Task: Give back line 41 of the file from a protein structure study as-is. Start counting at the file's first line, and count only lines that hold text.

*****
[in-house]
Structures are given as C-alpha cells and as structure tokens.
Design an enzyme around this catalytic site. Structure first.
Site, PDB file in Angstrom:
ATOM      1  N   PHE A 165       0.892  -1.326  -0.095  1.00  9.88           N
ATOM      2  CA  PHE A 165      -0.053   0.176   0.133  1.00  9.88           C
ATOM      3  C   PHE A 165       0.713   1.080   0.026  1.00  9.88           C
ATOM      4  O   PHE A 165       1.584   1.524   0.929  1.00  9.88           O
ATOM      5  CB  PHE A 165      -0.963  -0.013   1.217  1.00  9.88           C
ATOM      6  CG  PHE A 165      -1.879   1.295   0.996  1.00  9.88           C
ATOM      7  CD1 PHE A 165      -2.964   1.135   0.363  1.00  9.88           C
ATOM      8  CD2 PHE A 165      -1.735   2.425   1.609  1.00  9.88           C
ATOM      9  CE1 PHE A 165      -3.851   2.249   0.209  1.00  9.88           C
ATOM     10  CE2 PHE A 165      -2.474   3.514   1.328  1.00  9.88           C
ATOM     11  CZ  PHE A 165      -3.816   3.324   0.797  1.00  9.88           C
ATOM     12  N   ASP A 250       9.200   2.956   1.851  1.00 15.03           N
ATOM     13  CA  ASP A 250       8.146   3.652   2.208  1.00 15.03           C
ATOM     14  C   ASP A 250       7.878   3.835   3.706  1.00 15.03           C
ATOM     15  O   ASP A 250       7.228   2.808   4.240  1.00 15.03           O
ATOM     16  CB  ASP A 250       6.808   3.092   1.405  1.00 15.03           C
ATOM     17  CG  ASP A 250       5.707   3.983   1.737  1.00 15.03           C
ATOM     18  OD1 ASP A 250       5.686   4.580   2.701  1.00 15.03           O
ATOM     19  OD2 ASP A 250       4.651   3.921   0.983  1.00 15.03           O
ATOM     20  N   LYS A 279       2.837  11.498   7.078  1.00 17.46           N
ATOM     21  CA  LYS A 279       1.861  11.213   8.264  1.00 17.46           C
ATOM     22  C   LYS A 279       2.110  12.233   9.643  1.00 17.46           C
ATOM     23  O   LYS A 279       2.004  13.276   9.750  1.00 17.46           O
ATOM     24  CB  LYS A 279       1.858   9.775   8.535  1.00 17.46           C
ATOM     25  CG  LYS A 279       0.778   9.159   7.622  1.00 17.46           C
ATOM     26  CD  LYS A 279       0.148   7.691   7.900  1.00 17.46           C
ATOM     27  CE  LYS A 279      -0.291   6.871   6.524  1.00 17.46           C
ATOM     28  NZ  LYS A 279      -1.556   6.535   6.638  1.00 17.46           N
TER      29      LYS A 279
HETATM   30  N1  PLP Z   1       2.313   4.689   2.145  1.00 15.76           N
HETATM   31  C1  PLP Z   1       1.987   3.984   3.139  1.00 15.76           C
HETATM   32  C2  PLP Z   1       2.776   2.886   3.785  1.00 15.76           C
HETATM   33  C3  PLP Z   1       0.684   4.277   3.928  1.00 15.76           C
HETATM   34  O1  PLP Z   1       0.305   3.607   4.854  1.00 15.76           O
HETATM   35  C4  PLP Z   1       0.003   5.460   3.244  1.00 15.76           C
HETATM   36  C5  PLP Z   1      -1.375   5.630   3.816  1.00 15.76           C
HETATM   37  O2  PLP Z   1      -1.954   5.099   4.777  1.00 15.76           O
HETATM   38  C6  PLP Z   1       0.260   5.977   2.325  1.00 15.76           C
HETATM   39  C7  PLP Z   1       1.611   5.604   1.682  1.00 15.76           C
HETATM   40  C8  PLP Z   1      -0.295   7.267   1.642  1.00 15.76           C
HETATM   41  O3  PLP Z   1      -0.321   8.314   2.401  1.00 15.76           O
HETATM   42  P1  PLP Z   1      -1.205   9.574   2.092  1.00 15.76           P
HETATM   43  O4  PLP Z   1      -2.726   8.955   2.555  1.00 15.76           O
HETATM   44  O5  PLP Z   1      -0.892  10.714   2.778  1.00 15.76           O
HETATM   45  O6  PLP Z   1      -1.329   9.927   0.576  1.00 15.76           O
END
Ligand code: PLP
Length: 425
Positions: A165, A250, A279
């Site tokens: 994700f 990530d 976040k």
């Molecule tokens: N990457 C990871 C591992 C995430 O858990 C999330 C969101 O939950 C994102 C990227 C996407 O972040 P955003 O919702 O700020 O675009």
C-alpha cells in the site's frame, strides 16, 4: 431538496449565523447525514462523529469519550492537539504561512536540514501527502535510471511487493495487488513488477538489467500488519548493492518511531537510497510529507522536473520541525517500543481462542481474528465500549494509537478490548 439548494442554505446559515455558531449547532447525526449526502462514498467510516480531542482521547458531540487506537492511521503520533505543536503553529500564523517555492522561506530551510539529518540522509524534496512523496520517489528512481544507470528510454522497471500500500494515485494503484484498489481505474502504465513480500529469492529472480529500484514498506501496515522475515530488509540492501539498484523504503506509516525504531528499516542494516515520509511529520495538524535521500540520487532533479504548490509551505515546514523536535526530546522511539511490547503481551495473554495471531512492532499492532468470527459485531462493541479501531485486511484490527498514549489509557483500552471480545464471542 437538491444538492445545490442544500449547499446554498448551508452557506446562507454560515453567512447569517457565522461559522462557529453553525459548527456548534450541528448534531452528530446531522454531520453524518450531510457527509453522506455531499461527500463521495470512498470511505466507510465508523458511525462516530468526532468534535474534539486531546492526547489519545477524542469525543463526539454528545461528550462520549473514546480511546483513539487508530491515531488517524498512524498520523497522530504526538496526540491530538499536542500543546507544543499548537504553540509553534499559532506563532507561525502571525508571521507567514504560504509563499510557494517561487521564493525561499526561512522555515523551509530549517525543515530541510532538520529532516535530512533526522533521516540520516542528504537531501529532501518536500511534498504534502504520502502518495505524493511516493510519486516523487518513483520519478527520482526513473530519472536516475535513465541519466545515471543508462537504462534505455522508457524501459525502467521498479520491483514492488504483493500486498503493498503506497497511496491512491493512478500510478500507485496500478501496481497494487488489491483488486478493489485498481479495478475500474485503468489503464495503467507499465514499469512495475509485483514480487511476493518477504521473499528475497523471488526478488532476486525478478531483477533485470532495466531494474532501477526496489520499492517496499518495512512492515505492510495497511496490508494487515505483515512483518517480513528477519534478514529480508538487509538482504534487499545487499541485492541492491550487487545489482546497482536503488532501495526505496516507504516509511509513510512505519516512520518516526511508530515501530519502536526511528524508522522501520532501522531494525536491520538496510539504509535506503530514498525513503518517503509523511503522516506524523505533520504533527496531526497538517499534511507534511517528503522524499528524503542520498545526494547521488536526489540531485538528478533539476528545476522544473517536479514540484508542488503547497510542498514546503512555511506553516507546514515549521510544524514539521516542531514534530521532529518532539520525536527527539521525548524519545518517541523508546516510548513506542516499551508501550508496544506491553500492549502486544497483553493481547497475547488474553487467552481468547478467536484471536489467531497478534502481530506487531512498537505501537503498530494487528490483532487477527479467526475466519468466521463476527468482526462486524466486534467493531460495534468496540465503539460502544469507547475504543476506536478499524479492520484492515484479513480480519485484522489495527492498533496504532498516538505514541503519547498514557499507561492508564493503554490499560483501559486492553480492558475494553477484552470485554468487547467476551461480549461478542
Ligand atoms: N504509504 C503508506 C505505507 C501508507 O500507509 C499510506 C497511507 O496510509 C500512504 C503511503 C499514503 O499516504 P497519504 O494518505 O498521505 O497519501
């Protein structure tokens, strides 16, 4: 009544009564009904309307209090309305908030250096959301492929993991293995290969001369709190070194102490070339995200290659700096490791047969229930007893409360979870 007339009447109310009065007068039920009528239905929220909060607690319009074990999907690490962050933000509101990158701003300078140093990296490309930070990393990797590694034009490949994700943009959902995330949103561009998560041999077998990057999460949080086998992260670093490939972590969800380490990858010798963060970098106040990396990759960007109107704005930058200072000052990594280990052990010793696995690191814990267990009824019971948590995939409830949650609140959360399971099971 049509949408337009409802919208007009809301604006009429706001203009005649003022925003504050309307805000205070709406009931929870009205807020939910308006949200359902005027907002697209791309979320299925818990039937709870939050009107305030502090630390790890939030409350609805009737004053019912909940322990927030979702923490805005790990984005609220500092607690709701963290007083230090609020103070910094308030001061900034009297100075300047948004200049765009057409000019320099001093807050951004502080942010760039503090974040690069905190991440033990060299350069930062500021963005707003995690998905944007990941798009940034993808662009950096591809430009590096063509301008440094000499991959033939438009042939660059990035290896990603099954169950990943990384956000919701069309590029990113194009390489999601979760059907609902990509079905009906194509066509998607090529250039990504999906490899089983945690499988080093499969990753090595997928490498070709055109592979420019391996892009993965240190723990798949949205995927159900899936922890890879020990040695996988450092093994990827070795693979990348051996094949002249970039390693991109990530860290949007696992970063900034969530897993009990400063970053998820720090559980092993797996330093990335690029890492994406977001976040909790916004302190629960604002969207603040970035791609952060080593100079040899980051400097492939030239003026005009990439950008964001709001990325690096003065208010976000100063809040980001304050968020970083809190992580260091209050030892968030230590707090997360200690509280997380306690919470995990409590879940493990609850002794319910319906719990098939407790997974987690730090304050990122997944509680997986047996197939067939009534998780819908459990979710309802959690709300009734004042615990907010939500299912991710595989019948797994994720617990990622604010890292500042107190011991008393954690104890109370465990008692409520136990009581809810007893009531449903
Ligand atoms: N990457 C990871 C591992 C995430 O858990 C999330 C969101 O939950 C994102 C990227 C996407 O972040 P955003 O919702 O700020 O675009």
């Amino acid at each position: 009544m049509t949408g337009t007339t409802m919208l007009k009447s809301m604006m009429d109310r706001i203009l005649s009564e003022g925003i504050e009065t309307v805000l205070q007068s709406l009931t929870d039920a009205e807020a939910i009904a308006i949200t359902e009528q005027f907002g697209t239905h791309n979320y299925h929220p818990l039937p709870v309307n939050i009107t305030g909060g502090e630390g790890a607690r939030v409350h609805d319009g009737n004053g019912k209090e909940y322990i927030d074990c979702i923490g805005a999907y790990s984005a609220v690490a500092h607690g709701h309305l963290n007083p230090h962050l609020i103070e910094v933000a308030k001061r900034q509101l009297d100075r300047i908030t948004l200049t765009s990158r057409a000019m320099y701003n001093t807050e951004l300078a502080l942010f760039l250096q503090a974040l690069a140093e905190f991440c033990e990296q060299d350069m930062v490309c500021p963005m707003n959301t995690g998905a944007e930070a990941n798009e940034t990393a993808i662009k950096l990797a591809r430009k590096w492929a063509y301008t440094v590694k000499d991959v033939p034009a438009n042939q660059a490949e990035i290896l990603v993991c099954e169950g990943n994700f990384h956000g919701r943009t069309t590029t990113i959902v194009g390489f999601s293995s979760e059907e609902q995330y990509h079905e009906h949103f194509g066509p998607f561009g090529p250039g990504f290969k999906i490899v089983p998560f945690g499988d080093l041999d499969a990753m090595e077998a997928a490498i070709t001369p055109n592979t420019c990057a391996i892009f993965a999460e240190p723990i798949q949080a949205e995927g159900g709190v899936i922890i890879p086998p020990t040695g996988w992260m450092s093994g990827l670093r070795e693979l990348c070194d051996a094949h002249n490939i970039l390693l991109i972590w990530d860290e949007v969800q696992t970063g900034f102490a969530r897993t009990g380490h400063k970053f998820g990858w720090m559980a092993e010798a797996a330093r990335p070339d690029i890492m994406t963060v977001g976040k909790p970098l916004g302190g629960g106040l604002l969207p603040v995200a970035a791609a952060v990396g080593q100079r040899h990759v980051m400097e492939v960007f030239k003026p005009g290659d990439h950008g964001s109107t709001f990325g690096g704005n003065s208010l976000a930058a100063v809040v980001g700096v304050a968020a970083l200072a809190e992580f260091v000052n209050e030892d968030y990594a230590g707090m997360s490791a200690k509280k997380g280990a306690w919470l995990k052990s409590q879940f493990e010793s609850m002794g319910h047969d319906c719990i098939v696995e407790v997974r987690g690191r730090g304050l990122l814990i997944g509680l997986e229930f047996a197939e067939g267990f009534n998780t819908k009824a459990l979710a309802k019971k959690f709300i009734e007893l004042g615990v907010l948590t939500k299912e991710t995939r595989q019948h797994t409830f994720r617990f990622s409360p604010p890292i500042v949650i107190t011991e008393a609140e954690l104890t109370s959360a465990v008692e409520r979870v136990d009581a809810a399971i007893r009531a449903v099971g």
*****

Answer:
HETATM   37  O2  PLP Z   1      -1.954   5.099   4.777  1.00 15.76           O